The present research on five multipurpose desert dwelling tree species of Cholistan desert was considered to find phytochemical composition and nutritive profile of these. The study is of great interest for pharmaceutical companies to develop and formulate new drugs to cure various diseases as the phytochemicals of these tree species are useful for curing and healing in different kind of viral and other type of diseases, of which the phenolic acids and flavonoids have gained more attention [40-42]. The curative properties of medicinal plants are due to the presence of various complex chemical substances of different composition which occur as secondary metabolites [43], grouped as alkaloids, glycosides, flavonoids, saponins, tannins and essential oils and this study resulted in account of flavonoids, saponins and alkaloids.

The leaves of Acacia nilotica have shown the presence of alkaloids, saponins, flavonoids but no steroid and finding is consistent with the results of Banso [44]. The extracts of Salvadora oleoides leaves showed the presence of alkaloids, saponin and flavonoids which is in line with the stem extract results [45,46] but absence of steroids in our study showed dissimilarity.

The presence of phytochemicals in the leaves of Tamarix species justifies the local use of this plant for the treatment of various disorders. Current screening of the species resulted in the extraction of flavonoids, Saponins and alkaloids as the leaves are rich in flavonoids, saponins, polyphenols and proteins with considerable amount of carbohydrates and alkaloids [47] but my findings were in vain about the presence of steroids, detected earlier by Mohammedi et al. [48]. Our results about Zyziphus maritiana were same as that of Najafi’s findings [49]. Thus the preliminary screening tests may be useful in the detection of the bioactive principles and subsequently may lead to the drug discovery and development.

Various phyto constituents like tannins (gallic acid), steroids (stigmasterol, campesterol, sitosterol, etc.), Flavone derivatives (prosogerin A, B, C, D, and E), alkaloids (spicigerine, prosophylline), etc. isolated from the Prosopis cineraria pods by Rani et al. [50] correlates with this study on Prosopis cineraria. Different parts of the species are useful in treatment of skin diseases, piles, worms, vertigo and dyspnoea [51], protection from miscarriage, eye diseases, snake bite, asthma, bronchitis, dysentery, leucoderma, leprosy, muscle tremors and piles [19].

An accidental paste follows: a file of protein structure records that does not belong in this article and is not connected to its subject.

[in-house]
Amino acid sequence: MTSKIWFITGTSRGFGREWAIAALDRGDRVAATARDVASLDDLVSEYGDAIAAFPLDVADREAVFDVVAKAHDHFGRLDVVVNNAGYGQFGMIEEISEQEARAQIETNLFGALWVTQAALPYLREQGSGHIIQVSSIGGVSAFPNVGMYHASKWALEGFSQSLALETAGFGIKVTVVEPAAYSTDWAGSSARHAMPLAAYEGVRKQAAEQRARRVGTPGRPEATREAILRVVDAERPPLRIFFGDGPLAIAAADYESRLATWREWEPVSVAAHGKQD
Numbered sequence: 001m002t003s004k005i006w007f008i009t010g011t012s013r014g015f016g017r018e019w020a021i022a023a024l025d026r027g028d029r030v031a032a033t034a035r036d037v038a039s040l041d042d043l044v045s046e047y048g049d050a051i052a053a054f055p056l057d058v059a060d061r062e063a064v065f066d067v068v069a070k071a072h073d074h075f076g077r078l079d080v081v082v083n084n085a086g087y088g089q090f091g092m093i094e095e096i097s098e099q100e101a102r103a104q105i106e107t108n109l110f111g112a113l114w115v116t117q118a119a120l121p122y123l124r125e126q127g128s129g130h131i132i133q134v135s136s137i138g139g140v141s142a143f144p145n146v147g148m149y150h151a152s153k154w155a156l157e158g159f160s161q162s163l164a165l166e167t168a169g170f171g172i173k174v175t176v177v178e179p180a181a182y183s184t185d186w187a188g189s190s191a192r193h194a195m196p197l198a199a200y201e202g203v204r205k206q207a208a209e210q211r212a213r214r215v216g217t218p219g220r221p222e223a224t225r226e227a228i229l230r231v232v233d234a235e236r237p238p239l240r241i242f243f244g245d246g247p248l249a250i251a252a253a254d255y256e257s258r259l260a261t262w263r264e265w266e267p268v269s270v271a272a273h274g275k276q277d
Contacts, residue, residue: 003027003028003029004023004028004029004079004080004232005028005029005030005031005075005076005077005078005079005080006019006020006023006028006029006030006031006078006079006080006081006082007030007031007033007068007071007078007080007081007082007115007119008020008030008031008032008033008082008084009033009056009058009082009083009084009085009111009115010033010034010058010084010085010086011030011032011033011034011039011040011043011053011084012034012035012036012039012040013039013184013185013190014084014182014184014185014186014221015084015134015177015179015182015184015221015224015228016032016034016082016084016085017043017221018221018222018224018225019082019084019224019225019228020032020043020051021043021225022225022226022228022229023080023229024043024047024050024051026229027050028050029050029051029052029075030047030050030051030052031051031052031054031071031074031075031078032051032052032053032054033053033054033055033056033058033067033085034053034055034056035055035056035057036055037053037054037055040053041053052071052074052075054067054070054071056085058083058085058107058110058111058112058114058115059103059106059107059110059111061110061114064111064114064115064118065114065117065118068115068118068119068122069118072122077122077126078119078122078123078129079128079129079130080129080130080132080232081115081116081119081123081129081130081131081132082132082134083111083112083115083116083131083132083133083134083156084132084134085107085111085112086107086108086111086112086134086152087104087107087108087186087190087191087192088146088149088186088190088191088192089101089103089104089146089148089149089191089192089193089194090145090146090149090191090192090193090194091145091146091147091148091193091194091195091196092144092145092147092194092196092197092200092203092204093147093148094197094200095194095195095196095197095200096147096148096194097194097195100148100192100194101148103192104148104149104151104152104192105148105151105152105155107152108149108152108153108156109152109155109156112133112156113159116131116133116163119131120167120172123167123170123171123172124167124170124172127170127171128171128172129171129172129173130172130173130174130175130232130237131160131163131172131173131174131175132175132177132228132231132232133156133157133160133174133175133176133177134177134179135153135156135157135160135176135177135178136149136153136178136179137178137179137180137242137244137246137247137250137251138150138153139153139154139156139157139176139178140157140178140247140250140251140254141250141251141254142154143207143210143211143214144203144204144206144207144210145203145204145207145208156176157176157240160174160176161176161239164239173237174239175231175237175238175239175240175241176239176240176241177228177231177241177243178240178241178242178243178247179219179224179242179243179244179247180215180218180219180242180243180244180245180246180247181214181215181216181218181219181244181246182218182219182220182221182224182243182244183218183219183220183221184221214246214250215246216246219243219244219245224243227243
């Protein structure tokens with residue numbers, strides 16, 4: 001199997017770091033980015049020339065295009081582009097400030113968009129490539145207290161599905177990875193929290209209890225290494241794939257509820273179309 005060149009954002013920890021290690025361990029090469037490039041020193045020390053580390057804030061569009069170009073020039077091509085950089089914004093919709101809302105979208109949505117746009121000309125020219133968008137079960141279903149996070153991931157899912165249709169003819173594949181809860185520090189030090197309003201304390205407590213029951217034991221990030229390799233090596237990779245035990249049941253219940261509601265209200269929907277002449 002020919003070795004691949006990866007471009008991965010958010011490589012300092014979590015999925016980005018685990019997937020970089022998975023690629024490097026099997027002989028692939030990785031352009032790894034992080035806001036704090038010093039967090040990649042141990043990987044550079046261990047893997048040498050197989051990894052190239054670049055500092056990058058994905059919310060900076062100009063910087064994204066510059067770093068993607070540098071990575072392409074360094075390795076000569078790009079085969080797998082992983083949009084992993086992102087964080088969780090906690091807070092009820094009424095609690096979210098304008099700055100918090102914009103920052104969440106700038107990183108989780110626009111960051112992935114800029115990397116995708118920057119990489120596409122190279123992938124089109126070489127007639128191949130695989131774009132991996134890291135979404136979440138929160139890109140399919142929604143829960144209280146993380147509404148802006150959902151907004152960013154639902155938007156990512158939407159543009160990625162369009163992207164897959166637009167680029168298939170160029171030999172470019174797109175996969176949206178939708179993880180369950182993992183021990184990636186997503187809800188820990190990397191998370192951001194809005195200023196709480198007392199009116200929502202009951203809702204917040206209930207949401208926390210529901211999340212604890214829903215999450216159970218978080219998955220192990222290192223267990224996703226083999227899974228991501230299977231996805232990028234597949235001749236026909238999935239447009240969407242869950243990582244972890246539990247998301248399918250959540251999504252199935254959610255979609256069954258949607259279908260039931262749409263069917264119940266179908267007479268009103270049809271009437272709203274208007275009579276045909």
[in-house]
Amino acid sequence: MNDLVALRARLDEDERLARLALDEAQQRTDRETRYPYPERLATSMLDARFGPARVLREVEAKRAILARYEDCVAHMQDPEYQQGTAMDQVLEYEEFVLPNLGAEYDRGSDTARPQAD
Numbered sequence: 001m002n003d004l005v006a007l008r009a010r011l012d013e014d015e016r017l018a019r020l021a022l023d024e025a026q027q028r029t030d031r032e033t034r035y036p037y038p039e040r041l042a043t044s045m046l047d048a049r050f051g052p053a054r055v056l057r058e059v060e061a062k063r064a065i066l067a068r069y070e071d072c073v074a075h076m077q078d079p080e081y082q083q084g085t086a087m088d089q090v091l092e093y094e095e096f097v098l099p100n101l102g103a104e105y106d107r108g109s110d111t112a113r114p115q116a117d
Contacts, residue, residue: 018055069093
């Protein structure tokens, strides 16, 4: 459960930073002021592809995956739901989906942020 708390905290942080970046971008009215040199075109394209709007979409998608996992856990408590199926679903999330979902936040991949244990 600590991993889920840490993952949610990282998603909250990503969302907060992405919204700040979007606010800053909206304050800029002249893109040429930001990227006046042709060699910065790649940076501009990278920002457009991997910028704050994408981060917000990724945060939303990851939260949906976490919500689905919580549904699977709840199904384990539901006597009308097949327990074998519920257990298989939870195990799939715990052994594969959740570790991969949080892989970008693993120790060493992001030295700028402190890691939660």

The nutritive profile of Acacia nilotica (EE: 5.33%, CF: 6.67%, CP: 1.43%, CA: 14.67% & NFE: 71.9%) in this study satisfies the feeding needs of livestock in the most arid climatic area. Among all the highest ether extract value was recorded for A. nilotica means it contains the highest amount of energy than other species, the similarity as evoked by Sawe et al. [52]. Supplementation of A. nilotica (proanthocyanidins) is reported to be a potentially powerful nutritional approach for management of cardiovascular disease risk in individuals with both metabolic syndrome and elevated low density lipoprotein cholesterol [30].

Our results about Prosopis cineraria (EE: 2.92%, CF: 16.67%, CP: 2.21%, CA: 8%, NFE: 70.2%) were compared with efforts of Rani et al. [50] that disclosed that green leaves of P. cineraria contain 14-18% crude protein, 13-22% crude fiber and about 6% ash, with a high calorific value of 5000 Kcal. Cheema et al. [53] explored the nutrational value of Morus alba, Acacia nilotica, Syzygium cumuni and Ziziphus jujuba leaves and stated that ash content (10%) were higher in Z. jujuba and M. Alba, respectively and we recorded 12% CA in Zyziphus mauritiana.

Lower crude protein content is found in Salvodora oleoides (2.36%) leaves which are comparable with the results of Kajero et al. [54]. But local people use its fruit as food in the Cholistan desert as earlier described by Duhan et al. [55] that the fruits of Salvadora oleoides are a delicacy in rural areas, eaten locally, and have been found to be rich sources of calcium. This very useful species in restoration of the fragile arid tract and provides fodder and shelter to the wildlife and livestock, and fruit, medication and recreation to the inhabitants of the surrounding areas Duhan et al. [55].